The physical process by which a liquid or solid is transformed to the gaseous state; the opposite of condensation. Also called vaporization. </dd>
In meteorology, evaporation usually is restricted in use to the change of water from liquid to gas, while sublimation is used for the change from solid to gas as well as from gas to solid.
According to the kinetic theory of gases, evaporation occurs when liquid molecules escape into the vapor phase as a result of the chance acquisition of above average, outward-directed, translational velocities at a time when they happen to lie within about one mean free path below the effective liquid surface. It is conventionally stated that evaporation into a gas ceases when the gas reaches saturation. In reality, net evaporation does cease, but only because the numbers of molecules escaping from and returning to the liquid are equal, that is, evaporation is counteracted by condensation.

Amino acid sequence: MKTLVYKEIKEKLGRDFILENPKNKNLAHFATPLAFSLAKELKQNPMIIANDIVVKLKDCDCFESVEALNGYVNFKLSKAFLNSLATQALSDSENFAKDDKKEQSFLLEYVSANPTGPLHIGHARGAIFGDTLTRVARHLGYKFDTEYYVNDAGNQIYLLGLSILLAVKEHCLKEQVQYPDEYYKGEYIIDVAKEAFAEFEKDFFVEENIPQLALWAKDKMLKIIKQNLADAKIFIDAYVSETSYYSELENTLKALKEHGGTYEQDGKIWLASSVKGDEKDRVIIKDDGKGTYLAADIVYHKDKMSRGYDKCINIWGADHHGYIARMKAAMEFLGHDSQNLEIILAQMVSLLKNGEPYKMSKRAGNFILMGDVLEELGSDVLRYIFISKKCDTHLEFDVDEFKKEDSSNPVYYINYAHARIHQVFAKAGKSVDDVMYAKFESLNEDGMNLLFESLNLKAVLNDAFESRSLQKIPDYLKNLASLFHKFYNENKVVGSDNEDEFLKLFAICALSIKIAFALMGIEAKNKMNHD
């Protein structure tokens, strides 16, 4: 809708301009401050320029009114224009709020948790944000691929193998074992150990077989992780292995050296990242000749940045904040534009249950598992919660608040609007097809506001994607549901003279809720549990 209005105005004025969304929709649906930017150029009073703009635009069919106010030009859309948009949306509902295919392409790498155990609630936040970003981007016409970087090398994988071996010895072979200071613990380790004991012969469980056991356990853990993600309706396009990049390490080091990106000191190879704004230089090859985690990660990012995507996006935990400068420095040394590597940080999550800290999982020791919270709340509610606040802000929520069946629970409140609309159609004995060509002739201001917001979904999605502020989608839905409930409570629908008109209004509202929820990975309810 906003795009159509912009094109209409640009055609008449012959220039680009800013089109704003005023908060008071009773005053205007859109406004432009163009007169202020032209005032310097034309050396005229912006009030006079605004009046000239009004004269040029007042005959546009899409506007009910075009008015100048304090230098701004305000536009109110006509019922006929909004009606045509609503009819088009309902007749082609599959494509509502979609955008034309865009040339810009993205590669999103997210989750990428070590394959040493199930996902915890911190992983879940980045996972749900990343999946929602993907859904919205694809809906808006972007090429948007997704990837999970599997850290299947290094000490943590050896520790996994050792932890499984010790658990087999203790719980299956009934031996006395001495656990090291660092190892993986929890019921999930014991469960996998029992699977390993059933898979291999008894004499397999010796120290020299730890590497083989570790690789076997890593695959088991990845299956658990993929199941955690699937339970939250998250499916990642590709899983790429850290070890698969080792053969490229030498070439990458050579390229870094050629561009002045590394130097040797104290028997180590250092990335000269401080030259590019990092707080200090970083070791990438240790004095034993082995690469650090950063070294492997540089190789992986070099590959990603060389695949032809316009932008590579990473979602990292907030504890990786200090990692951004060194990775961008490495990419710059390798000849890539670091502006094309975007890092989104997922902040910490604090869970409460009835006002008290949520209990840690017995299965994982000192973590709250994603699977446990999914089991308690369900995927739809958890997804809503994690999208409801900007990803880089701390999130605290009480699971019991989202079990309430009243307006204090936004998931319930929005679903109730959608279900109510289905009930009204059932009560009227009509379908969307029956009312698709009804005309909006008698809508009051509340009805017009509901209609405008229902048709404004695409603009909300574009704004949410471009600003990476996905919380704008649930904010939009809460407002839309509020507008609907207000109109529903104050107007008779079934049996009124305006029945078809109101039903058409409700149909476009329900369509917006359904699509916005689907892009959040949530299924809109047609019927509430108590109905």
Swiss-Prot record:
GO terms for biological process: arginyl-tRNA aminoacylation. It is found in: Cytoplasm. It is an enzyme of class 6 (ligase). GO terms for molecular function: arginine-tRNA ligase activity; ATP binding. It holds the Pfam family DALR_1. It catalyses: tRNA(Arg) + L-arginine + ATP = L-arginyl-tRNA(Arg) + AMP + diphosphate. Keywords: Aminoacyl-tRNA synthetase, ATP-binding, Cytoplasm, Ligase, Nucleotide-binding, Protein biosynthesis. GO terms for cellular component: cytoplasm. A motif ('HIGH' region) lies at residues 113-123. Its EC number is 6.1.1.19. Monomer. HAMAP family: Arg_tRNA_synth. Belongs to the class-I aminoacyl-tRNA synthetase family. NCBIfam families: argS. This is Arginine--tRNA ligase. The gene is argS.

Energy is lost by an evaporating liquid; and, when no heat is added externally, the liquid always cools. The heat thus removed is termed the latent heat of vaporization. </dd>
This article is based on NASA's Dictionary of Technical Terms for Aerospace Use